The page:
|Lizard-like, heating myself back to life in the sun.|
|Morning dew covered yellow flowers|
|Beaver complex area|
After catching 17 fish on a small caddis fly, I retrieved my creel from camp and caught 3 more small trout for lunch. It was too wet to start a fire so I opted to cook them in a small pan using my stove.
After eating it was time to move on. I could still turn around and start the shorter journey back to my car, or I could press on to Island Lake, a high elevation lake fabled to hold large cutthroat trout but also putting me at the furthest possible distance from my car and committing myself to the full loop as described by the blog that spawned this entire trip. Feeling relatively spry in the the afternoon sun with a belly full of trout, I decided I needed to see this lake.
I stripped off my pack and assembled my 7wt St. Croix rod as quickly as possible. After some sloppy mishaps that I'll blame on my excitement, I had a fish on. It rose to a #14 PMX that I casted from shore to some distant but visible submerged boulders. The fly disappeared into a solid clop and the fish ran left and right mostly, never jumping. Most of the fights on this lake would be completely submerged. I watched the fish thrash its head back in forth when most of my line was reeled and then netted him. A 13" cutthroat. I held the fish and ran over to a small tripod and camera to get a picture Took two shots that were zoomed too far in before releasing him.
With confidence, I gathered some firewood with which to cook trout. I just did a big hike and needed more food. Casting to the same place I found the first fish, I quickly caught a 13" cutbow (a cutthroat, rainbow hybrid). Then, several casts later to the same area, I caught a plump 15 incher that exploded the surface of the water after taking the fly. The fish were salted and peppered then wrapped in foil to cook over coals using a metal cooking grate that had been left in the campsite. The fish turned out fine, but it was a lot of fish that needed to be eaten at once, which I did of coarse. After finishing the last bit, I questioned whether I could handle eating anymore trout, ever.
|Just... one.... more..... bite....|
|Island Lake camp|
Delirious with success and trout, I rested in my tent for a while before heading down the shore a little ways to fish some more, though not catching anything. I saw fish rising, but they seemed like tiny fish. I went back into my tent and simply stared at the lake and the cliffs for a while. It was dead quiet. The air was completely still. Aside from an infrequent chirp from a bird or the occasional rapid fire chatter of a pine squirrel, it was an intense, heavy silence. My ears rang from the silence and I could hear trout rising out in the middle of the lake.
After a night of relatively decent sleep, I got up at first light and made myself some coffee and oatmeal before preparing to fish the south west corner of the lake. This is where the lake's outlet stream is located. I hiked along the shore to the other side of the lake. On the way, I found another established camping area. Near my destination, the lake became surrounded by cliffs that rose 100s of feet, skirted by boulder fields which housed colonies of pikas.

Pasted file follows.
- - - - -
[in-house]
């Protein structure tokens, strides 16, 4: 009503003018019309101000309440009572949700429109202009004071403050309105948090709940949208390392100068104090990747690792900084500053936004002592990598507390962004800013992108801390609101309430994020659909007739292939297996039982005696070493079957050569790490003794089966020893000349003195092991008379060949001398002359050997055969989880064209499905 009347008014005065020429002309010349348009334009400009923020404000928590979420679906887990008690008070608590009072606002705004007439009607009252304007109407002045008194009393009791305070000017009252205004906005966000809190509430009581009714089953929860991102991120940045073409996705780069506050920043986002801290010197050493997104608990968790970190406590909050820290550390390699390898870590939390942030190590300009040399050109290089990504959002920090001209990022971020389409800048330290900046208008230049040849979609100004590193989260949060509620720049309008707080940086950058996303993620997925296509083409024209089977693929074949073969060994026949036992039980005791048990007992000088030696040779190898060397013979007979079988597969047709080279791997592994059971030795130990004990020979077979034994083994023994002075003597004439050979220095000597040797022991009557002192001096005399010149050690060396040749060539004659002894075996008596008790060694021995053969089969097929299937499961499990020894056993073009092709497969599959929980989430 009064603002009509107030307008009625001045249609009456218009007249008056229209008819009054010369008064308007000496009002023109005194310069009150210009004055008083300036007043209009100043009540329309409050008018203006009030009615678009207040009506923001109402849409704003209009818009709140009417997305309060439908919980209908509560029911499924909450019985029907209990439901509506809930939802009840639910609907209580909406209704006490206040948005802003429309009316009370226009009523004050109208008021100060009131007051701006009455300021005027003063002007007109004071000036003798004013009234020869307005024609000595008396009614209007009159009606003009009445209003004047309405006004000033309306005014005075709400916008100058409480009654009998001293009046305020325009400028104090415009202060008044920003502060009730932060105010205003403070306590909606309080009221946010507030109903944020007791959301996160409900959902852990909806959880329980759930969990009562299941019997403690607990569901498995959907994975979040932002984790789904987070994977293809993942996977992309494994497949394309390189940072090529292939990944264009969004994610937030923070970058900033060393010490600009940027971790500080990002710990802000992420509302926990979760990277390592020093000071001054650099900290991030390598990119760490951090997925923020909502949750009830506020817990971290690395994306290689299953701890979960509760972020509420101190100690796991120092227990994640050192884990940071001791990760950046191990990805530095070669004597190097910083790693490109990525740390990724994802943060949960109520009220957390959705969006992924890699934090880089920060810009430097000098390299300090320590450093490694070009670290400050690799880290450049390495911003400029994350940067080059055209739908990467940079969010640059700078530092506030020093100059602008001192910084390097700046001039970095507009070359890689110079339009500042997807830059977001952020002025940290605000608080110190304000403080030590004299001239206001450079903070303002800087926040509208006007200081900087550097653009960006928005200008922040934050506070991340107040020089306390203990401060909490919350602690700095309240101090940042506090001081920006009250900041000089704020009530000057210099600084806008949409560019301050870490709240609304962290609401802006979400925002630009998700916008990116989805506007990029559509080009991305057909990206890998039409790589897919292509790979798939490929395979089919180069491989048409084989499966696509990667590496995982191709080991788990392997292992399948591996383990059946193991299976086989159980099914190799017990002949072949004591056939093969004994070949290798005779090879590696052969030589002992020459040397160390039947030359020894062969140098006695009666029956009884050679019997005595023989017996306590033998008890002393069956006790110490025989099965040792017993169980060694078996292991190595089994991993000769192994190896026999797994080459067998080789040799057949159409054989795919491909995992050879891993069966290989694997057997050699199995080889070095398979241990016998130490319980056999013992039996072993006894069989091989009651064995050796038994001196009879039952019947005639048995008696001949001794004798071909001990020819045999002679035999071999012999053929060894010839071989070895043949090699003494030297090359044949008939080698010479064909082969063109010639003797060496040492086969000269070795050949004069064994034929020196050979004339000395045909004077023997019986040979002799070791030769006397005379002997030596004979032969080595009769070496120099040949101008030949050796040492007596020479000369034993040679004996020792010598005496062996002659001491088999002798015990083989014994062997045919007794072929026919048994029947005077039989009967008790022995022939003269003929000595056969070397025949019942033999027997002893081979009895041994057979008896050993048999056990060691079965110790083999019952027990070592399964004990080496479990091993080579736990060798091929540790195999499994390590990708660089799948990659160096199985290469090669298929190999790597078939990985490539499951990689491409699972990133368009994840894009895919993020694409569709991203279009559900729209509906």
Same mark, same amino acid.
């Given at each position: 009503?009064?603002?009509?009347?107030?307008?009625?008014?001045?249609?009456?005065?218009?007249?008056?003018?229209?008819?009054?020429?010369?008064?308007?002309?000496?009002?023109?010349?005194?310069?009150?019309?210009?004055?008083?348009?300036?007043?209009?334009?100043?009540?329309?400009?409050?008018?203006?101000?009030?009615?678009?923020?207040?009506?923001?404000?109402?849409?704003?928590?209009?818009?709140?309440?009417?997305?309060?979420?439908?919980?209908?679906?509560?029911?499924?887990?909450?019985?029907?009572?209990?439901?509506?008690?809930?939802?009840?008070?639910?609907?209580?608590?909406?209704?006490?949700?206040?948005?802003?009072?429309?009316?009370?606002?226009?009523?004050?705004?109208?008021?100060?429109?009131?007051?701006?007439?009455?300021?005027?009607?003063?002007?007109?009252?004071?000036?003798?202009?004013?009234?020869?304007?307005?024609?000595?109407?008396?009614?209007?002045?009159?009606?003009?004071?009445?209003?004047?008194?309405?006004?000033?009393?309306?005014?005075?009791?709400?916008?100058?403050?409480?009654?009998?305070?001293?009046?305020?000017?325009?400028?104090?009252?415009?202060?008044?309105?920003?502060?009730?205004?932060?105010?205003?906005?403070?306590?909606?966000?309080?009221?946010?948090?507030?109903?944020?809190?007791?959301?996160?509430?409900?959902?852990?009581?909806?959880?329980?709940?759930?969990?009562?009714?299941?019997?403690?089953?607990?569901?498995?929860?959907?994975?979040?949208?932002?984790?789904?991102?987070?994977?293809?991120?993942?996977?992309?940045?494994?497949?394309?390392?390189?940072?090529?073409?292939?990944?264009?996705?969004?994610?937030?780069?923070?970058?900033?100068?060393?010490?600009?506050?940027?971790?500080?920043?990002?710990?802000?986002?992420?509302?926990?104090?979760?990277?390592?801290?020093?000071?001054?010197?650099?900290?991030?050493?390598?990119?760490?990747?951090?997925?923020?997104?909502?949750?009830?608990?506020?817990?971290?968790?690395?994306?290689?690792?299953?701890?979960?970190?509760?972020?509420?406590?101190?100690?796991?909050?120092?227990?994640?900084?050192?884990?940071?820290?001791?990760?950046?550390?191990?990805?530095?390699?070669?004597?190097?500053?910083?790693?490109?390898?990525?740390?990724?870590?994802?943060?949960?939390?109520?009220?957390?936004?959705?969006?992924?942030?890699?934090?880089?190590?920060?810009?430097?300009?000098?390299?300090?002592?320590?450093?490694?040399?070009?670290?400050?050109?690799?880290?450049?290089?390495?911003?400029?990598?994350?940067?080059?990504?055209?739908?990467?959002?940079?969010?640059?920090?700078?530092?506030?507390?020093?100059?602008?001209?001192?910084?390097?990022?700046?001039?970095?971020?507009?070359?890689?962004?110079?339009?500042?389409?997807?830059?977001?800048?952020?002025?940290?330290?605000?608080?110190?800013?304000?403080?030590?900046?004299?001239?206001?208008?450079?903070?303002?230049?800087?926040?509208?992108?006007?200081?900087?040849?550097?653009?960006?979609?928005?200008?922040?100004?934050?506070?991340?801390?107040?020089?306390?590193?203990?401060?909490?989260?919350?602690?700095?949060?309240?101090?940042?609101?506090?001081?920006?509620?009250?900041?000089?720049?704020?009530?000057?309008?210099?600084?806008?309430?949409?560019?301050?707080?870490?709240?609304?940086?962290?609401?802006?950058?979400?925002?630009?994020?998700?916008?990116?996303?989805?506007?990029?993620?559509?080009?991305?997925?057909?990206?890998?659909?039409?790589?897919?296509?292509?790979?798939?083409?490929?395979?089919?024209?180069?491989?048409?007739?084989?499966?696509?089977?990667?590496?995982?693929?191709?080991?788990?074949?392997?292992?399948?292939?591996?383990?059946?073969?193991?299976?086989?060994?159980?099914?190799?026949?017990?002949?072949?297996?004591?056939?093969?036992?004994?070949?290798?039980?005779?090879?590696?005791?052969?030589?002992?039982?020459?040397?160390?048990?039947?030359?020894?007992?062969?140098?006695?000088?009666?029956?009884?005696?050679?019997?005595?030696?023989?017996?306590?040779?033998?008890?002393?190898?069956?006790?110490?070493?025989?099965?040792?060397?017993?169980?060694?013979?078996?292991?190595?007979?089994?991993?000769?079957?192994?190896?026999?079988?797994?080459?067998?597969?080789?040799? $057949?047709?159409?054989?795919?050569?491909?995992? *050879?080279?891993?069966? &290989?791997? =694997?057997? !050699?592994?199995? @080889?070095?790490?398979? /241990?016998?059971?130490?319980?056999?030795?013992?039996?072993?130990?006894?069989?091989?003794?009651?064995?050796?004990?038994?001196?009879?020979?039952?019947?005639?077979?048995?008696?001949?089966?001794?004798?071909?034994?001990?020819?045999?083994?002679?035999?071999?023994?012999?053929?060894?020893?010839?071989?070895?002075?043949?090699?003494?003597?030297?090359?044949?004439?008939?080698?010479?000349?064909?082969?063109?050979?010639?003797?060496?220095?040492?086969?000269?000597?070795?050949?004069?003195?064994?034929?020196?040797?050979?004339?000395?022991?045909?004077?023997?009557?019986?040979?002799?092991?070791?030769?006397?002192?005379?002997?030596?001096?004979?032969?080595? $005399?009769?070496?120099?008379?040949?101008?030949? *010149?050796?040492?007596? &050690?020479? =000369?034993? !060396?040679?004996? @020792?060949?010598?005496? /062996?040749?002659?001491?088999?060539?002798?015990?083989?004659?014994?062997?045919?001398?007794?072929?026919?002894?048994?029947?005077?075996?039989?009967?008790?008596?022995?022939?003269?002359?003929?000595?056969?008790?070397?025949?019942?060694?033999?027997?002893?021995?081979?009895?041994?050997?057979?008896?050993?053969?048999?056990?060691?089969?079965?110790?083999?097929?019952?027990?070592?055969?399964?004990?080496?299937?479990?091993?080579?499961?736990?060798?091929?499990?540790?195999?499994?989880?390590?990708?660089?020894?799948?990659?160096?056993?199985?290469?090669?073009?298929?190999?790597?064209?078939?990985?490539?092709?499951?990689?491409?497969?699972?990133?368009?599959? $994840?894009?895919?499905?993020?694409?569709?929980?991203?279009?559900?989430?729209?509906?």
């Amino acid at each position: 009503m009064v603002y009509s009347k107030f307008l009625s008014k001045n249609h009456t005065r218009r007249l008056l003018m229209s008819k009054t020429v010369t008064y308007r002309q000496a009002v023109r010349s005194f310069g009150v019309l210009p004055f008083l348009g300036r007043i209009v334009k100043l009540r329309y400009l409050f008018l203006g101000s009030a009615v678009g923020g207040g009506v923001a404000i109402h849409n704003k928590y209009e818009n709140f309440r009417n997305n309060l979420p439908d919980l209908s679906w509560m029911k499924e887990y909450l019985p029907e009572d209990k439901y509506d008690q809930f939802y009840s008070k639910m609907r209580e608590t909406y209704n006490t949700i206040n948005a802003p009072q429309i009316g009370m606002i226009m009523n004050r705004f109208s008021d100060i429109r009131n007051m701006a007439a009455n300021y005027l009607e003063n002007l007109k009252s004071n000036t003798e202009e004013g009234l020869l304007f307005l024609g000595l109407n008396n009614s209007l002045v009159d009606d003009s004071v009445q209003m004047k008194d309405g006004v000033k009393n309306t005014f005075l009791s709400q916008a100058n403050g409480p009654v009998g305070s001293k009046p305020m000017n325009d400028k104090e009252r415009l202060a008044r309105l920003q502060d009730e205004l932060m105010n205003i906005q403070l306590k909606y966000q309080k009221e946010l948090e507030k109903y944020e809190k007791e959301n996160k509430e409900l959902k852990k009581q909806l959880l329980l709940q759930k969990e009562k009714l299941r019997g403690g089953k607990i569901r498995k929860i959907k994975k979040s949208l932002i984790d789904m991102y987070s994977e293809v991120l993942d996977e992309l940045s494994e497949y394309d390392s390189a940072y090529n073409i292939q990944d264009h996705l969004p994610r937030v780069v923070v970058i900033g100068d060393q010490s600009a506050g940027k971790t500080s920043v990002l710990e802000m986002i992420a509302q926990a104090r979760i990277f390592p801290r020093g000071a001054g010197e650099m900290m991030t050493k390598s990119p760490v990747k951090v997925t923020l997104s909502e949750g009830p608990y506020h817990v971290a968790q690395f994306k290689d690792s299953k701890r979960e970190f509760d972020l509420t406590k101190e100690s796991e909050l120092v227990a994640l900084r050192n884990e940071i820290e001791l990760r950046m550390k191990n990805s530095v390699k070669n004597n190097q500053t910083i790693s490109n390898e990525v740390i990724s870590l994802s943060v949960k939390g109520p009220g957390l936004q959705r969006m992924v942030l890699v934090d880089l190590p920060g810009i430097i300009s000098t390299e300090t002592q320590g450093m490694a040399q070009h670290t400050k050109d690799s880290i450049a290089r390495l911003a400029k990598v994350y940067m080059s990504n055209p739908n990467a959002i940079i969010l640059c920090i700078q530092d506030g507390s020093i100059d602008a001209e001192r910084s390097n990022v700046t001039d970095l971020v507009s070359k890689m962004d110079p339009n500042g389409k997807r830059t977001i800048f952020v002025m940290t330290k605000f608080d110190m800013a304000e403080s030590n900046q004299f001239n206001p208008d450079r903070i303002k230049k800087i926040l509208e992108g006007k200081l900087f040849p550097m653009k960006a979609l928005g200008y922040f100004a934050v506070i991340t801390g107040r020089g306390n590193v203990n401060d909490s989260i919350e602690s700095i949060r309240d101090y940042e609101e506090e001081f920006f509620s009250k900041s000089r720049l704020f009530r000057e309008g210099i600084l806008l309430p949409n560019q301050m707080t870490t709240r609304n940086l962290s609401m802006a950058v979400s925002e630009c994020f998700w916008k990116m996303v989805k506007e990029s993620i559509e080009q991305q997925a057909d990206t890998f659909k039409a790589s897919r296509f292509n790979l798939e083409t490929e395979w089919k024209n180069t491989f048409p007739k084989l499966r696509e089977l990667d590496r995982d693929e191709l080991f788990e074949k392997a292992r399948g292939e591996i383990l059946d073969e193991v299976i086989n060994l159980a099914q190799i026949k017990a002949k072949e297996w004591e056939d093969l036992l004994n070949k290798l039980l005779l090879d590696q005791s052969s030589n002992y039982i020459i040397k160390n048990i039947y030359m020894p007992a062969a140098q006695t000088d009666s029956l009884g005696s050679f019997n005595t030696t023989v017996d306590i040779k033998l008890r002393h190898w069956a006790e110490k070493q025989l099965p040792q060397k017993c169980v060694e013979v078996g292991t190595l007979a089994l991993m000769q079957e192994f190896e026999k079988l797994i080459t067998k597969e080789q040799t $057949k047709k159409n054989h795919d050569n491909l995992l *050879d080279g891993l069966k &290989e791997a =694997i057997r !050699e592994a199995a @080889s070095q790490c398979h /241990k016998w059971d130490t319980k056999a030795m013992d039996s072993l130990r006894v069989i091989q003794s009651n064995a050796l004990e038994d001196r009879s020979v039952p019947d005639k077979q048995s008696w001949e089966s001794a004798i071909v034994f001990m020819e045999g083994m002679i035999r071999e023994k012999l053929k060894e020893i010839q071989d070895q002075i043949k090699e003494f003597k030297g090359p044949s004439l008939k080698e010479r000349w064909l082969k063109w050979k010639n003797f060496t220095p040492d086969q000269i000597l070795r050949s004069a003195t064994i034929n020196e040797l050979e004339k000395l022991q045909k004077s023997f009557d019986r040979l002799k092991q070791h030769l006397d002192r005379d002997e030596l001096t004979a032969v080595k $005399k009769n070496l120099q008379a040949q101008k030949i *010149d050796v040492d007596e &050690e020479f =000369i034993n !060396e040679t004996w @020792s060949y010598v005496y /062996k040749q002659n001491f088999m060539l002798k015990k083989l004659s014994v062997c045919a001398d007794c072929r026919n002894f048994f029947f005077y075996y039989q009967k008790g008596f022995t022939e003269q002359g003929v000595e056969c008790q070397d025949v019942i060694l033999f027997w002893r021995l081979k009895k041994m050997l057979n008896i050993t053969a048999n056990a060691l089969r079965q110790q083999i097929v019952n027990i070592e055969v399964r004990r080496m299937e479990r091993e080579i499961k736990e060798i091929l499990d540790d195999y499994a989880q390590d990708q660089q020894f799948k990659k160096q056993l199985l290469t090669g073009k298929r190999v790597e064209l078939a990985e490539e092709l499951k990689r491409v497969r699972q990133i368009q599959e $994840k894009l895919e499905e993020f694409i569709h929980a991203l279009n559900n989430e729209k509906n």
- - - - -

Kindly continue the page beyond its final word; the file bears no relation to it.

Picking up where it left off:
|The outlet area|
|Reeling in an alpine cutthroat|
|Staring at that fly|
Working my way around the lake was a chore at times because of dense woods and rocky shore. I didn't see many fish and couldn't make many casts for a while. I took photos and admired what closely resembled a smurf village. I believe these fanciful looking mushrooms were Amanita Muscaria and yes, they are known to have hallucinogenic properties, though with side effects including seizures and coma. Oddly, some of them were clearly nibbled on. I thought of the spastic pine squirrels.
|I am the ruler of this lake|
Besides getting a few fish to briefly follow a leech pattern, I didn't start catching fish again until I arrived at the south east corner of the lake and switched back to a dry fly. Here, logs had piled up in the corner of the lake. Many floating, some sinking and some on the bottom. If I balanced my way out to the 3rd or 4th row so I could cast to a good number of locations. I don't remember how I came to find the first fish, but he was about 14" long and became my stream side brunch.
|The fastest a trout has gone from the hook to my belly|
I proceeded to catch 3 more fish in this area ranging in size from 13 to 15 inches. I was sight casting and it was a blast to watch the fish react to the fly. At one point, I even got to choose the biggest fish from a pod.
After the 3rd fish, I headed back to camp. I ran out of water and forgot to bring my filter. When I got back, I tried to rest for a bit. It was noon and the sun was blazing. Sitting in the shade of a short pine with my back to the lake, I heard some splashing and couldn't resist catching one more fish before really taking a break.
|Back at camp|
|Afternoon fishing on Island Lake|
|Lots of action here earlier in the day|
|End of the day|